I’m not a super Mediator fan (Suze is fine, but not one of my favorite Cabot heroines), but I do enjoy a good Meg Cabot book, and I’m sorely in need of some fun reading, so I’m really looking forward to reading Remembrance this week.

Original now hosted by Kathryn @ The Book Date. Children's lit version hosted by Jen Vincent @ Teach Mentor Texts & Kellee Moye @ Unleashing Readers.
Original now hosted by Kathryn @ The Book Date. Children’s lit version hosted by Jen Vincent @ Teach Mentor Texts & Kellee Moye @ Unleashing Readers.

I hope everyone has a good reading week!

Combo Weekly/Monthly Round-Up (It’s Monday, y’all!)

My eye issue has mostly resolved, so I should be able to keep up with blogs more from now, which is a definite yay. I missed posting last week, so this is a two-fer (though, technically, I guess it’s a three-fer). I read some books is what I’m saying. Let’s get to it.

This past week, I finished:

To Catch a Cheat (The Great Greene Heist, #2)To Catch a Cheat by Varian Johnson
My rating: 5 of 5 stars

4.5 stars, rounding up

I love everything about this book (okay, almost everything, hence the 1/2 star deduction), including the cover. So fun! It gave me a happy.

View all my reviews

The week before that, I finished:

Nathan Hale's Hazardous Tales: The Underground Abductor (An Abolitionist Tale about Harriet Tubman)Nathan Hale’s Hazardous Tales: The Underground Abductor by Nathan Hale
My rating: 5 of 5 stars

Harriet Tubman is your OG, and you will respect her as such. Harriet Tubman is a complete and total badass. This book is A++ in showing that and giving an overview of her life. Two thumbs up, fine holiday fun.

Nathan Hale’s art is amazing, and he presents slavery in an unflinching and honest way, which is important given discussions around how children’s books are failing to do that right now.

Read Harder 2016: Read a biography (not memoir or autobiography)

View all my reviews

 

Watson and Holmes - A Study In BlackWatson and Holmes – A Study In Black by Karl Bollers
My rating: 3 of 5 stars

This was solid.

I only have two complaints: (1) There were a couple of glaring typos in the first couple of pages and (2) the art work in the epilogue is completely different from the other chapters and it was my least favorite of all the art.

Otherwise, intriguing and an interesting/fun new take on Holmes.

Read Harder 2016: Read a non-superhero comic that debuted in the last three years

View all my reviews

 

Jessica Jones: Alias, Vol. 1Jessica Jones: Alias, Vol. 1 by Brian Michael Bendis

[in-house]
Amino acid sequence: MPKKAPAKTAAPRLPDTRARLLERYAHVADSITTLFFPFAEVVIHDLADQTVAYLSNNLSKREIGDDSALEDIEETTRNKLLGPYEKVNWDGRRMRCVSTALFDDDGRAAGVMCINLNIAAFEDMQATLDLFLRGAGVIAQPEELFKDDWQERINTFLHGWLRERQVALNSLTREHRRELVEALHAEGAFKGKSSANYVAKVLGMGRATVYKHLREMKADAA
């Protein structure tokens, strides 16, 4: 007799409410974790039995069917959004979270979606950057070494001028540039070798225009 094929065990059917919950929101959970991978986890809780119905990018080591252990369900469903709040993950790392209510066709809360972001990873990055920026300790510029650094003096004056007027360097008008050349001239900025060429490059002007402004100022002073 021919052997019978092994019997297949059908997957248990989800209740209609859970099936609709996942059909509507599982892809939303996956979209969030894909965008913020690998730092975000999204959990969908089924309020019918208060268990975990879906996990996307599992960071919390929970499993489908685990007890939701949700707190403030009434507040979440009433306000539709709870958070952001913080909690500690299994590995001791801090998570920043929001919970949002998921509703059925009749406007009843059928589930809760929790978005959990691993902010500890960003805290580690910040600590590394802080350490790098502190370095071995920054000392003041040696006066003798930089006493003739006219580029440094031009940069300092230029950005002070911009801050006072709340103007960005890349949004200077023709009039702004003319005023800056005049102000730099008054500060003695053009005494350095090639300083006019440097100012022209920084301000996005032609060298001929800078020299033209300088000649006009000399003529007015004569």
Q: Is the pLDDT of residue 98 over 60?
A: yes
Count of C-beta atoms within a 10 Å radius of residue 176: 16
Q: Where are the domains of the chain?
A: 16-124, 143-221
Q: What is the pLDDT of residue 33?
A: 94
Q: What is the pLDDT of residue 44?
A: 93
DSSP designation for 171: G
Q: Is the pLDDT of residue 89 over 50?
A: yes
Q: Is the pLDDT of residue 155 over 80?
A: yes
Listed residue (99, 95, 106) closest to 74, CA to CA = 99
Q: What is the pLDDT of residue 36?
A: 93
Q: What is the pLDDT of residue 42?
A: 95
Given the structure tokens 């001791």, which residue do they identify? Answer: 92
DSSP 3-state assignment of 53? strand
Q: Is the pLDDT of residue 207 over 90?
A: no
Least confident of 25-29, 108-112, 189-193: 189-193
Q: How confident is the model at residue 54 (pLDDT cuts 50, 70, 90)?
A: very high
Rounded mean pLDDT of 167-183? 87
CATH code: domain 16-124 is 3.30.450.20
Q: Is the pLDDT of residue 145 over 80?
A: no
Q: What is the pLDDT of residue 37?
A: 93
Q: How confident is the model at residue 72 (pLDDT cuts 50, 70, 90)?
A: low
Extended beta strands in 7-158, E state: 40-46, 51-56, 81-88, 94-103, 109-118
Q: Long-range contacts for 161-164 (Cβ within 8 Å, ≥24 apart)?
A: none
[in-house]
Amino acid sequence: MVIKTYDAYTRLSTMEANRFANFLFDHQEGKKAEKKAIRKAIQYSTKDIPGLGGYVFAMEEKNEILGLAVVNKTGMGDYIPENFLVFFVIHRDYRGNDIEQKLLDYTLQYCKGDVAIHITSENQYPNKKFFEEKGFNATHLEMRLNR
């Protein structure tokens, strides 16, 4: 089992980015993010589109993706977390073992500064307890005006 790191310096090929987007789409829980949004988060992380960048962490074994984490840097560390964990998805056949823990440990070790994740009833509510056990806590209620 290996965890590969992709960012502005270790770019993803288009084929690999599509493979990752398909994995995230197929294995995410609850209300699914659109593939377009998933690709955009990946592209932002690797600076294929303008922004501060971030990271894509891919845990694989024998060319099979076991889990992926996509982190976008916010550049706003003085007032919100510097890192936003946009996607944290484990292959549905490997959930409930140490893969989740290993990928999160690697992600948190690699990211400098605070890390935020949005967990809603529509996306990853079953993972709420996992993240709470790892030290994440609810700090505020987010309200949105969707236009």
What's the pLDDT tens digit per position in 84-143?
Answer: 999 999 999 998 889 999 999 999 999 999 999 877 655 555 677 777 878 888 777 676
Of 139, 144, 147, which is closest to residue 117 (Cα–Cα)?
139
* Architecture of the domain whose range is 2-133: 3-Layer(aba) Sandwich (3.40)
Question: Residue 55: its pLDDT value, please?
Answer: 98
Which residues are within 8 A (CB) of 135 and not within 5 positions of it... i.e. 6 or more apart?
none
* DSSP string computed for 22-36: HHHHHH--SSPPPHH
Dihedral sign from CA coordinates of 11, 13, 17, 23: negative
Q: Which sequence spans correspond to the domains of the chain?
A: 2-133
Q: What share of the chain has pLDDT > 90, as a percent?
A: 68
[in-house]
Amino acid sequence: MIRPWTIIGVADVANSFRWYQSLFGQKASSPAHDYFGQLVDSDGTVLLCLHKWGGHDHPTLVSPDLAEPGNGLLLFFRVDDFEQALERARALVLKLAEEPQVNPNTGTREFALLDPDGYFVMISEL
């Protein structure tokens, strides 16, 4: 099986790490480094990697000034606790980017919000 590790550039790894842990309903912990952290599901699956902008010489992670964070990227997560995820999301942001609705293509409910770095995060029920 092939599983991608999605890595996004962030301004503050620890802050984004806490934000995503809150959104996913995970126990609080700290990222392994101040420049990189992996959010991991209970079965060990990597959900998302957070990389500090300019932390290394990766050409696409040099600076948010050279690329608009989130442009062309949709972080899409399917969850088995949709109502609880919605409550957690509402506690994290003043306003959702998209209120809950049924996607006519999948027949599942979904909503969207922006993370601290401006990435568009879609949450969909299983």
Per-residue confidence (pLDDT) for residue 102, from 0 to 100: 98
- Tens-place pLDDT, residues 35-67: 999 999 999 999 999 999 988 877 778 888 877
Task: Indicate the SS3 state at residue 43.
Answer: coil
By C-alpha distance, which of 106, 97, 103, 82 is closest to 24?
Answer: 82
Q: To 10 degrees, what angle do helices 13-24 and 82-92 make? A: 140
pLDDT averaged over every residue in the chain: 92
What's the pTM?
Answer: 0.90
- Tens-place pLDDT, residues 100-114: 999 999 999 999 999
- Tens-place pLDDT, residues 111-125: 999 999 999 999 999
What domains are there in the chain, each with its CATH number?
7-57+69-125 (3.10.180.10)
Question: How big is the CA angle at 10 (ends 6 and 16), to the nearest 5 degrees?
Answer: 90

My rating: 3 of 5 stars

When I first started this book, I didn’t care much for the art–a little too dark and muddled. However, as the story progressed and Jessica’s came out of her depression, the art work shifted. It was subtle, and it worked.

I like Jessica. I liked this. And that ending? Man.

View all my reviews

 

Yes, Chef: A MemoirYes, Chef: A Memoir by Marcus Samuelsson
My rating: 2 of 5 stars

2.5 stars, rounding down

So. Here’s the thing. Marcus Samuelsson has led a fascinating life, and I enjoyed reading about it. But at one point, he reveals that he has a daughter, and he decides to be an absentee father while he pursues his dreams. Which, you know, is fine if that’s the choice he wanted to make. But all I could think as he was talking about his time gallivanting around the world as a chef is “Yeah, but what about Zoe?”

WHAT ABOUT ZOE, MARCUS?

So that tempered my enjoyment quite a bit.

Also, hot tip to all the absentee/deadbeat parents in the world: do not thank the parent who actually did the work of raising the child. That probably annoys me more than women who say their husbands are “babysitting” the children.

Read Harder 2016: Read a food memoir

View all my reviews

 

So, all in all, January was:

A good reading month! I read 15 books, 5 of which counted for the Diversity on the Shelf challenge. I am running at lower than 50% reads by/about POC, so I want to improve on that next month. We’ll see how it goes. I also read three 5-star books. Wouldn’t it be nice if 20% of my reads this year turn out to be 5-star reads?

As of today, I’m reading:

The Light Between Oceans is slow-going so far, but it’s for book club so I shall power through. I am not sure yet how I feel about Re Jane. I dig a lot of the changes the author has made (I especially love how she deals with the madwoman in the attic–brilliant!) (also, love the word play in the title). However, this Jane is planning to do something original Jane just would not do AT ALL, so I am not sure if I’ll be able to keep reading if this Jane does something the original Jane wouldn’t. I am not even particularly enamored of the original, but I guess even I have my limits. So. We shall see how that goes.

Original now hosted by Kathryn @ The Book Date. Children's lit version hosted by Jen Vincent @ Teach Mentor Texts &  Kellee Moye @ Unleashing Readers.
Original now hosted by Kathryn @ The Book Date. Children’s lit version hosted by Jen Vincent @ Teach Mentor Texts & Kellee Moye @ Unleashing Readers.

Happy reading, everyone!

Diversity on the Shelf 2016: February Link Up

How did everyone’s first month go? Are you making good progress toward your goal?

One of my goals is to read 50% by and about POC. So far, I’m at 25%, so I have a little more work to do.

Also! I have visited the blogs of everyone who signed up. I have to let you know, though, that if you have a Blogger blog that doesn’t allow anonymous comments, I cannot comment on your blog because Blogger HATES ME. It hates me on my laptop and it hates me on my work computer. So! If I haven’t said so already, welcome to the challenge and happy reading!

Link up your reviews below. If you don’t have a book blog, but have Goodreads or Library Thing, etc., you may use that to participate and post your links to your reviews. Get more details about the challenge here.

Diversity on the Shelf 2016

//www.inlinkz.com/cs.php?id=603483